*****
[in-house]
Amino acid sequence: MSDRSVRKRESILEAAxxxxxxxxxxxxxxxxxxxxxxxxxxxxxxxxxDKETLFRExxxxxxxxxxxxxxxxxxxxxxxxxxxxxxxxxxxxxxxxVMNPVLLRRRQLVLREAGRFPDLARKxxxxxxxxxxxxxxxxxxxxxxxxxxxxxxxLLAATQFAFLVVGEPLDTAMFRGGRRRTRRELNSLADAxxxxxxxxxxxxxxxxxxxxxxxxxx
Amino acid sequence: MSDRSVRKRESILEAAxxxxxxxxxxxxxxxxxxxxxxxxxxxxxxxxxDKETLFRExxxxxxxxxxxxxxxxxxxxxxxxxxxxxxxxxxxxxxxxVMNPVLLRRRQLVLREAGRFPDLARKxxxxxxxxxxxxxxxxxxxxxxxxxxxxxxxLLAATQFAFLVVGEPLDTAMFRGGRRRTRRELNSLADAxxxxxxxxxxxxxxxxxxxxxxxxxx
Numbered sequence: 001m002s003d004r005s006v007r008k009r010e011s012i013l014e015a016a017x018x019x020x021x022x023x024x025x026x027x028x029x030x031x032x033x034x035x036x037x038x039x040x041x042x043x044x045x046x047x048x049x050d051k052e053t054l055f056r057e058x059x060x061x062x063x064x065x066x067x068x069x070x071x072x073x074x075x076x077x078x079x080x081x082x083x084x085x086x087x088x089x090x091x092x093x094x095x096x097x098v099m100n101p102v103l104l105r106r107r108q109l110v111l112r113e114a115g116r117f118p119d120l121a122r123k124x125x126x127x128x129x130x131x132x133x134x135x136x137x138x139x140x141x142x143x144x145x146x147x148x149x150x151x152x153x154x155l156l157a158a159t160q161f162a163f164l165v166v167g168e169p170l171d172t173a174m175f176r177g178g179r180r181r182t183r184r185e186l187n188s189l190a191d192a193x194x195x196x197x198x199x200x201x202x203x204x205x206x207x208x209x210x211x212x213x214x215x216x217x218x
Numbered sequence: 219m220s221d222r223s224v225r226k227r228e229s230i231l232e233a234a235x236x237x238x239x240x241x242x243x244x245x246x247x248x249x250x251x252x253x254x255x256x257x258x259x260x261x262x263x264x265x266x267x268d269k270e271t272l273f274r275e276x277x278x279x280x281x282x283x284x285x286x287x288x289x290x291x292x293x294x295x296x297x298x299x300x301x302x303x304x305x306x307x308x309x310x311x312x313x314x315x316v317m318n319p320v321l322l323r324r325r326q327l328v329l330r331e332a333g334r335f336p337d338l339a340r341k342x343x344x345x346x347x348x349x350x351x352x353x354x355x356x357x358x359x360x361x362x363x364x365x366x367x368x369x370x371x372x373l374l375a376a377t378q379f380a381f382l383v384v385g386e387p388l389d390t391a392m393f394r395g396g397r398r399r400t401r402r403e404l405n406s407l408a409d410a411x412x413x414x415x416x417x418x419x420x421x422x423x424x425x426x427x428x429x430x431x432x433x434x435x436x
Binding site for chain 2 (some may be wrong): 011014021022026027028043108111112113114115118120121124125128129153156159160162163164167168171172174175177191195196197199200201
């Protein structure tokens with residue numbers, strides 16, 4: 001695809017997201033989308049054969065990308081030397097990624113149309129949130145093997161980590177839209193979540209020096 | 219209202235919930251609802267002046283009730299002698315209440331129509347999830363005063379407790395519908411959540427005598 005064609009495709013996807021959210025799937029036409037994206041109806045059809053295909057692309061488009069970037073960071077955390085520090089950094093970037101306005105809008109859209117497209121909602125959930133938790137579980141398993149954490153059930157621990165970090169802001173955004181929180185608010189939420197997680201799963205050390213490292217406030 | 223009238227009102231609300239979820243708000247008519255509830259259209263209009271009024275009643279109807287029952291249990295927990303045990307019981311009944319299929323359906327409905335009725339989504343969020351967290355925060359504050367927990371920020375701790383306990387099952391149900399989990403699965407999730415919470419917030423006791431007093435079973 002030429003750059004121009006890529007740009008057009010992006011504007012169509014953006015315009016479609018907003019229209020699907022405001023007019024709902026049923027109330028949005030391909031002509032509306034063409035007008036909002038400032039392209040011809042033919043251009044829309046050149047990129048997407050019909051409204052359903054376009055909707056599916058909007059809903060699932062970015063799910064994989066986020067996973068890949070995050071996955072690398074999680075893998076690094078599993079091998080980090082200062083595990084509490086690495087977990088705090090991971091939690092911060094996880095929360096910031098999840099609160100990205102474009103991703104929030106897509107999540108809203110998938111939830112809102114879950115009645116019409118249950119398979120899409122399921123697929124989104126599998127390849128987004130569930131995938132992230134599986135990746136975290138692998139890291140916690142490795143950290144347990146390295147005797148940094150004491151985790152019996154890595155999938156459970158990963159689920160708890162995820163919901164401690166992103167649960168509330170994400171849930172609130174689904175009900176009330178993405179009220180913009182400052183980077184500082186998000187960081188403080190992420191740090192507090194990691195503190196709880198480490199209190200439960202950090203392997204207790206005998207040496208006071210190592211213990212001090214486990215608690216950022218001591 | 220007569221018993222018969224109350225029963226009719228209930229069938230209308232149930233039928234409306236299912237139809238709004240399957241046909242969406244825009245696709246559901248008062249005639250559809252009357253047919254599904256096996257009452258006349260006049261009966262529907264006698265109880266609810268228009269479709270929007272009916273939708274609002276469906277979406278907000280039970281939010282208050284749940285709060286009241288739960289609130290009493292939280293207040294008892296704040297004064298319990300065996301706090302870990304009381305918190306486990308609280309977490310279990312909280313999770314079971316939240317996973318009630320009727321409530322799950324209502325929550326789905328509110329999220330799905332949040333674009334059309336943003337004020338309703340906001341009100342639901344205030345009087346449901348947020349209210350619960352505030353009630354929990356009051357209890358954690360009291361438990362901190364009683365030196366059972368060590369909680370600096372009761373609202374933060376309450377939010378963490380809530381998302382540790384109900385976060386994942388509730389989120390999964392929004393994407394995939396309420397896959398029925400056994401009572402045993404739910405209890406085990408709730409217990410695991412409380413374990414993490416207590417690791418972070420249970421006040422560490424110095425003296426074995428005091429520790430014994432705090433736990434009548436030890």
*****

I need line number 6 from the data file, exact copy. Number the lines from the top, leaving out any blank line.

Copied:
Binding site for chain 2 (some may be wrong): 011014021022026027028043108111112113114115118120121124125128129153156159160162163164167168171172174175177191195196197199200201